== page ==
In last month’s Miss USA pageant, Carrie Prejean replied to Perez Hilton that she believed that marriage should be defined as between one man and one woman. That response ignited a controversy that extended well beyond her role as Miss California. The controversy has since snowballed into a soapy opera that is dripping with deceit, pornography, and greed.
This morning Prejean’s crown was pulled from the fire by pageant owner Donald Trump with his pronouncement that she will be permitted to continue her reign. But there is a story here that diverges from the debate over gay marriage and beauty queens. And it’s a story that has just as much impact on Constitutional liberties.
Much of the debate circling around Prejean has been focused on the content of her answer and whether same-sex marriage should be recognized under the law. But underlying that discussion were allegations that she was being discriminated against for her point of view and/or her religion. She was amongst the first to decry what she felt was the violation of her right to free speech. But she was not the last. Numerous pundits piled on with their hysterical assertions that Prejean was not being allowed to speak.
That imaginary allegation peaked this morning with the speech Prejean gave (YouTube) during a news conference with Trump. The speech presented a severely contorted view of the First Amendment and her rights under it. First of all, since there was no government entity involved with any of the alleged stifling, the First Amendment was not violated because the law only applies to suppression by the state. But even her complaints that she was unable to express herself were absurd fabrications. At the press conference she said:
“Three weeks ago I was asked a politically-charged question with a hidden personal agenda. I answered my question honestly and sincerely from my heart […] As [Perez Hilton] was trying to be self-promoting and hateful while I have remained silent since, I am honored to be here today to finally let my voice be heard and address the hateful attacks, despicable rumors and false allegations I have had within the last three weeks.”
I’m not even going to enter into speculation about how Prejean knew there was a “hidden personal agenda” or her disparagement of Hilton as “hateful,” and “self-promoting” (like beauty pageant contestants don’t promote themselves). But her statement that she has “remained silent” until today and that only now can she “finally let [her] voice be heard.” is outright delusional. She has been a fixture on TV news for most of the three weeks since losing the Miss USA pageant. She has been interviewed by Sean Hannity, Neil Cavuto, Megyn Kelly, and Courtney Friel – all of Fox News. In addition she appeared with James Dobson (Focus on the Family), Pat Robertson (700 Club/CBN), and Matt Lauer (Today/NBC). If that represents suppression of speech, what on Earth would free expression require? Perhaps her own primetime network talk show? In her speech she also offered a tearful remembrance of her veteran grandfather:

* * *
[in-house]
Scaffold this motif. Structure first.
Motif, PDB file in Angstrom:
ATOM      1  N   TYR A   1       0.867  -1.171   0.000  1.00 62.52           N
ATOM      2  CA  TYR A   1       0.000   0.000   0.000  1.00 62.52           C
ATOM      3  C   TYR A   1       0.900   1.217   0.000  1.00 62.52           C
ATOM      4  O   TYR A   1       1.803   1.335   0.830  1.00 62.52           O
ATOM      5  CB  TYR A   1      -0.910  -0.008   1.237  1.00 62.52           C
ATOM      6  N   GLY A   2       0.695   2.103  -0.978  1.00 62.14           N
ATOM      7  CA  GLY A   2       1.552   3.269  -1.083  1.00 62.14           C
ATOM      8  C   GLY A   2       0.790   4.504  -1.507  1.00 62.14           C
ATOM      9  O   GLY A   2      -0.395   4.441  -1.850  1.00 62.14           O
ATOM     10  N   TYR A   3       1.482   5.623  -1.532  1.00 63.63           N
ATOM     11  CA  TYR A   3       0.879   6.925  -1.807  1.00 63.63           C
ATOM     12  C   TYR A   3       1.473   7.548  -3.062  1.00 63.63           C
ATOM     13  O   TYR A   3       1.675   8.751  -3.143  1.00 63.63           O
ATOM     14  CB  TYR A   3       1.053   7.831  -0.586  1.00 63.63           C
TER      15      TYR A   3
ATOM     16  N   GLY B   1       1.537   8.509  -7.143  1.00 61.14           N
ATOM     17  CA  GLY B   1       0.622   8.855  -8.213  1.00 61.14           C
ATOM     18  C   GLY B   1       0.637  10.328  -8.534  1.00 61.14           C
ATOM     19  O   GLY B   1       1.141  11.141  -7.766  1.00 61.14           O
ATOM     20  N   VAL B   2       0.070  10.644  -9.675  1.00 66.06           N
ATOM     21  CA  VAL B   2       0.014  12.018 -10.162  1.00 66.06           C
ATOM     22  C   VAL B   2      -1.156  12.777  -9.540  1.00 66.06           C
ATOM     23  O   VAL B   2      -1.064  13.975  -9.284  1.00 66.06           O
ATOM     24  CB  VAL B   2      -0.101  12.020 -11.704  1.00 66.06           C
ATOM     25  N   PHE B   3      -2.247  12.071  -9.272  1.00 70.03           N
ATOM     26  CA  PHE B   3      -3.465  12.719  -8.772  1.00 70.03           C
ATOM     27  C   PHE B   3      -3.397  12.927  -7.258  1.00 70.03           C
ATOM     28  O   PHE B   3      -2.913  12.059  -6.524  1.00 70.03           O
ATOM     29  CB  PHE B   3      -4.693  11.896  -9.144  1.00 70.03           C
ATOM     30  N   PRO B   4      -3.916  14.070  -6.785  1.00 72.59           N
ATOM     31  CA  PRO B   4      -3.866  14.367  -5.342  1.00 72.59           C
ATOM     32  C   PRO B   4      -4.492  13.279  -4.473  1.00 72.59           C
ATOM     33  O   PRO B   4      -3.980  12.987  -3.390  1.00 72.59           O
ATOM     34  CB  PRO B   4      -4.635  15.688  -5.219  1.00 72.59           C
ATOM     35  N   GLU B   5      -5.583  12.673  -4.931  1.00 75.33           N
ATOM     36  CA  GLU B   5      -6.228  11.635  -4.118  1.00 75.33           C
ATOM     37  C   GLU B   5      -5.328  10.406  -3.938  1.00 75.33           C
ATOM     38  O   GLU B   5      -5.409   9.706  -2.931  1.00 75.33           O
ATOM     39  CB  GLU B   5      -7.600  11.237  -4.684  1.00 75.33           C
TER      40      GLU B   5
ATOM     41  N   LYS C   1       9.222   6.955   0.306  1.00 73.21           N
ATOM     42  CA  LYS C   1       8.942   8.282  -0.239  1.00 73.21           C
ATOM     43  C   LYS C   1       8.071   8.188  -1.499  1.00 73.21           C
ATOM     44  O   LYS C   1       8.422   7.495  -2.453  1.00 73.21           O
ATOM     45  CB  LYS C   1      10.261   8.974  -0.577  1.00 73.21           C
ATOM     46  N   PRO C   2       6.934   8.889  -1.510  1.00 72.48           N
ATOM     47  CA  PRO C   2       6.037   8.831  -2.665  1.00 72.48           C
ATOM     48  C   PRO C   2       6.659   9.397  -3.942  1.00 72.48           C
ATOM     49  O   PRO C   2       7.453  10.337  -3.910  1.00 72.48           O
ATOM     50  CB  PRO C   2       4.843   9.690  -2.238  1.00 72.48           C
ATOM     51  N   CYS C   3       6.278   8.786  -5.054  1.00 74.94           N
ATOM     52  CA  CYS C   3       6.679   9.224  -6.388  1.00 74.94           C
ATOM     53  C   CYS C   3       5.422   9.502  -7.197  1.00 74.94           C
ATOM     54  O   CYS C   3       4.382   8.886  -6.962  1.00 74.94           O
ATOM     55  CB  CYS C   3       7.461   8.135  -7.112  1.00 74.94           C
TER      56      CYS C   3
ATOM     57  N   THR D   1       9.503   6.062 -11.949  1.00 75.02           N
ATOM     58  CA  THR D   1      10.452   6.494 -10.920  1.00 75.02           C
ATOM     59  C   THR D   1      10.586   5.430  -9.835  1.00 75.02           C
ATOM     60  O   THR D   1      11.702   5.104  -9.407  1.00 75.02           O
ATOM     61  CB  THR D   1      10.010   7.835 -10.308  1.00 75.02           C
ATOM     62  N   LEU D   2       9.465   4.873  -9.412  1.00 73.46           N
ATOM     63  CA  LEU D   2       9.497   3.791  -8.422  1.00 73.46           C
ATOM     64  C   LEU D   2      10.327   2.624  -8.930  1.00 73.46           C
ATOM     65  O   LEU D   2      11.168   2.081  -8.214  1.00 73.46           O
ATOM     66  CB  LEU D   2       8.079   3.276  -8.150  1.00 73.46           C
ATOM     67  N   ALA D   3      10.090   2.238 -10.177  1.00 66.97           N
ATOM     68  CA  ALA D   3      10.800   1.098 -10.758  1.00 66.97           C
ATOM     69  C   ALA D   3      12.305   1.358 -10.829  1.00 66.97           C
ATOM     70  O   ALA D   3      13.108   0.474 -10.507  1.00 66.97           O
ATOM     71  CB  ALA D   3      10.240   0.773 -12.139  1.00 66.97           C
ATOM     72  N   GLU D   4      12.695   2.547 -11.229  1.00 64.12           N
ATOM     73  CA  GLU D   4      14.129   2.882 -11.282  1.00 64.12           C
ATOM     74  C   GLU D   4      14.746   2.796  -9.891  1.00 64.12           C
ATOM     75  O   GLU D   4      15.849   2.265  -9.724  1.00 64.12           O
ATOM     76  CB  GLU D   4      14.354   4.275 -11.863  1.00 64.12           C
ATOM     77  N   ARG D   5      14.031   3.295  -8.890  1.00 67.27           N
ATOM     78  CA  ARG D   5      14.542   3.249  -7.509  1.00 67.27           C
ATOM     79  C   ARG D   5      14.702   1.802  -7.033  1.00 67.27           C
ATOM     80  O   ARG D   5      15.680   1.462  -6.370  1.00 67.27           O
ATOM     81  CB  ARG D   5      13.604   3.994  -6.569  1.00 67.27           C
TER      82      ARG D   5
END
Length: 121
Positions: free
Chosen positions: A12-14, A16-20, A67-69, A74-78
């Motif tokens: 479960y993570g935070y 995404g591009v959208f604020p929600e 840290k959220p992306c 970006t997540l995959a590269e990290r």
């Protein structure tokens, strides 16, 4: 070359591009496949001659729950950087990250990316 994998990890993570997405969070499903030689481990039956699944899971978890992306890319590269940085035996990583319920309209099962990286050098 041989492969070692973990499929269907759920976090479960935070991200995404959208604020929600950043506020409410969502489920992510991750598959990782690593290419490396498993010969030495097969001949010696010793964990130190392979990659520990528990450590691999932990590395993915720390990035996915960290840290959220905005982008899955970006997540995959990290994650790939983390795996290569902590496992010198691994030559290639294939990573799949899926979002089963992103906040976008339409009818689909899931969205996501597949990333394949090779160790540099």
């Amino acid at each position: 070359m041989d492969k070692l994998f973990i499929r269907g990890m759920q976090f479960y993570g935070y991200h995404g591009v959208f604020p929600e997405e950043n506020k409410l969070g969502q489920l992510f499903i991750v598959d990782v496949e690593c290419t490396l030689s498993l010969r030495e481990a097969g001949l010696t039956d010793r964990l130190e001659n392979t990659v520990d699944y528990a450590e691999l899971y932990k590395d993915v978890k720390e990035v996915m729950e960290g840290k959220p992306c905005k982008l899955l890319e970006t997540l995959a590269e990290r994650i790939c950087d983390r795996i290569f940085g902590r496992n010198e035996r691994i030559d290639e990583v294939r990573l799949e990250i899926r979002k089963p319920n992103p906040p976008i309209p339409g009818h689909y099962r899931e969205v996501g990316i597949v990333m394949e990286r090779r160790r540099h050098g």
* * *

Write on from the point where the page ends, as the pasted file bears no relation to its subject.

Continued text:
“On April 19th, on that stage, I exercised my freedom of speech and I was punished for doing so. This should not happen in America. It undermines the Constitutional rights for which my grandfather fought for.”
So what’s all the fuss about about? Here she admits that she was in fact allowed to exercise her freedom of speech. Her assertion that she was punished for doing so is utterly without foundation. Some reports indicate that she was behind in scoring even before her fateful question. It appears that what she is actually bemoaning is that there is also freedom of expression for anyone who happens to disagree with her. She is one of those who believes that free speech is defined as the right to speak your mind without fear of rebuttal.
There is a peculiar irony in the fact that Prejean is so disturbed by her imagined slights; that after flooding the airwaves with her opinions, she perceives herself as being silenced. But she has only praise for Trump and the pageant operators who are affirmatively constricting her public appearances and utterances:
Meanwhile, if Ms. Prejean wants to speak publicly about same-sex marriage in the future, she will have to go through the Miss California USA pageant officials to discuss the platform where she will speak and how she will present her opinion.
“We’re not changing our rules for Carrie,” Keith Lewis, a co-executive director of the California pageant, said in an interview. “We’re bringing her back into compliance with her contract; every appearance is approved by us, every statement is a reflection of us.” He said that if she is asked about her views, she should answer honestly, but that pageant officials would help her “fine tune” her response so that it “is accommodating to both parties.”
Wait a minute. Didn’t she just finish saying that “That should not happen in America?
When people exploit false arguments that rely on claims to Constitutional liberties, they trivialize those liberties. It is a form of crying wolf that harms all of those who have legitimate grievances. Prejean’s views on marriage are her own business, and she has a right to form and convey her opinions as she chooses. But that right does not include imposing a gag on everyone else. She must be tolerant of opposing views and she ought not to wrap herself in the Constitution when her situation is so far removed from any reasonable interpretation of it.
In the case of Carrie Prejean, not only was she not constrained by the government, she was not constrained period. And whining about her perceived victimhood makes for a distinctly unattractive beauty queen.
Update: This was inevitable: Prejean has been tapped to fill in for Gretchen Carlson (Miss America, 1989) on Fox & Friends on May 27. Also, Sarah Palin (Miss Wasilla, 1984) made a statement in support of Prejean wherein she doubled down on the misunderstanding of the First Amendment.